Business outlook of SMEs in Singapore falls to a 3-year low
- Weaker sales and profits forecasted for the next six months in all industries
- Lower business expansion and hiring expectations
9 September 2015 [Singapore] – Sentiments among SMEs in Singapore continue to decline with the SBF-DP SME Index (the Index) recording an all-time low in three years.
SME optimism has fallen every quarter this year dragging the Index reading to a three-year low of 51.9. This is the lowest recorded score since the first quarter of 2013 when it registered 51.6 based on companies polled in Q4 2012. Not since the Eurozone debt crisis has the index dropped to the lowest level.
A joint initiative of the Singapore Business Federation (SBF) and DP Information Group (DP Info) since 2010, the Index measures the business sentiment of SMEs for the next six months. Some 3,600 SMEs were interviewed.
There has been a significant decline in the outlook of three of Singapore’s major industries – Commerce/Trading, Construction/Engineering and Manufacturing. The fall in these three sectors outweighed the slight increase in optimism among the Retail/F&B, Business Services and Transport/Storage sectors.
Outlook for 4Q15 – 1Q16F (September 2015 to March 2016)
One consistent feature across all six industries is the decline in both Turnover and Profitability Expectations in the final quarter of 2015.
Turnover Expectations is down from a score of 5.55 last quarter to 5.38 this quarter, while Profitability Expectations is down from 5.44 to 5.26 during the same period.
Business Expansion Expectations has also dipped to 5.83 this quarter from 5.94 last quarter. Every industry reported lower Business Expansion expectations, except the Commerce/Trading sector where the index score remained unchanged.
“The continuing decline in SME business sentiments is worrying. It is down for four consecutive quarters and is the lowest since 1Q 2013. With global demand for our goods and services remaining weak and Singapore’s top two trading partners, China and Malaysia going through a bad patch, the Singapore economy could be hovering on the edge of recession. Our economy and businesses, particularly SMEs, will be impacted.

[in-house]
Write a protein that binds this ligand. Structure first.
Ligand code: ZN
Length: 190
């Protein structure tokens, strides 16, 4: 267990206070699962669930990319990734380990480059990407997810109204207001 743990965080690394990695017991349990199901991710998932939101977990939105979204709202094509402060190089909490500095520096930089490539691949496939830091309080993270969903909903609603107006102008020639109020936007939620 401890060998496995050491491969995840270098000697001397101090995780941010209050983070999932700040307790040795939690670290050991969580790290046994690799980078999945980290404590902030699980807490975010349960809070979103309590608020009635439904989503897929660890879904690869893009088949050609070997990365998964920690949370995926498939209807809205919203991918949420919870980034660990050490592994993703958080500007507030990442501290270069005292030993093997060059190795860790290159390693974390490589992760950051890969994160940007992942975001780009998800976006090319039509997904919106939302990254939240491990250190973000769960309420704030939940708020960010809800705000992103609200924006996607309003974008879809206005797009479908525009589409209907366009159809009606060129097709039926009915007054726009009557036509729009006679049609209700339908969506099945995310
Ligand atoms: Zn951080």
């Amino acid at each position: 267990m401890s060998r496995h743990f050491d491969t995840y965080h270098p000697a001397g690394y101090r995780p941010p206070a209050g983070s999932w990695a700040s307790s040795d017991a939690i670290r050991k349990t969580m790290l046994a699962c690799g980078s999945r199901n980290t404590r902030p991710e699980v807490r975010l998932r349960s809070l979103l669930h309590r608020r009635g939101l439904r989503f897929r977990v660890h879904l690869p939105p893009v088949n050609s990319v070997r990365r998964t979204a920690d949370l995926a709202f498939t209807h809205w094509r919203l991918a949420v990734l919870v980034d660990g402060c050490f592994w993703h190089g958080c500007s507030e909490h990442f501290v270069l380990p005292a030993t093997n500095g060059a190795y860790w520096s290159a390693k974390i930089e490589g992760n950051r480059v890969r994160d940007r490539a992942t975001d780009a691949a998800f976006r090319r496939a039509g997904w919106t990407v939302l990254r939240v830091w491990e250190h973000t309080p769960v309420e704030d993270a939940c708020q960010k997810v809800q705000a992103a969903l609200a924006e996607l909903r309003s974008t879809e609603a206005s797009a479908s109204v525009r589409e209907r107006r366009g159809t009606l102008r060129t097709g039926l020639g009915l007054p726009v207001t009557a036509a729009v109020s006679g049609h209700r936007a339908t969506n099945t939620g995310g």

The lower turnover and profit expectations may lead to lower hiring expectations in the SME sector. As SMEs are our major employers contributing to 70% of jobs, this could in turn lead to a further slowdown in job creation. We need to closely monitor the well-being of the SME sector as it undergoes restructuring to increase productivity and build capabilities in this more difficult environment,” said Mr Ho Meng Kit, CEO of SBF.
Over the past few months, business owners are greeted with the spectre of growth moderation in China. The second largest economy globally has long been seen as the driver for many South East Asian economies. But the weakening pace of expansion, already pushing down commodity prices, has also come to bear on currencies in the region.
Mr Lincoln Teo, Chief Operating Officer of DP Info said “Coupled with the sudden decision to devalue the Renminbi, these changes have started weighing on the minds of SME owners and managers. Domestically, the strong Singapore dollar and lower tourist arrivals have also added on to the reasons as to why SMEs are feeling nervous.”
“The fall in the Index does not mean SMEs are facing a doom and gloom scenario. What it does indicate is that SMEs expect their rate of sales and profit growth to be slow.”
“A visible resilience within the survey could be seen from that Capital Investment Expectations have remained stable at a score of 5.33. This shows SMEs, in consolidation phase, are still making investments in technology and equipment that may point towards planning for future growth in the next six months and beyond,” Mr Teo said.
Three of the largest sectors in the Singapore economy - Construction/Engineering, Manufacturing and Commerce/Trading – all reported a drop in optimism for the next two quarters. The reasons for the decline in sentiment appear to vary across the industries.
Construction/Engineering SMEs will be influenced by the weakening of residential property prices and limited opportunities in the commercial and industrial property sectors.
Commerce/Trading companies will be weighing up the impact of the weaker demand across the global economy, currency volatility among Singapore’s regional trading partners, as well as the impact of a strong Singapore dollar.
Manufacturing companies will also be influenced by the relative strength of the Singapore dollar as well as responding to the ongoing push to improve productivity and reduce their reliance on foreign labour.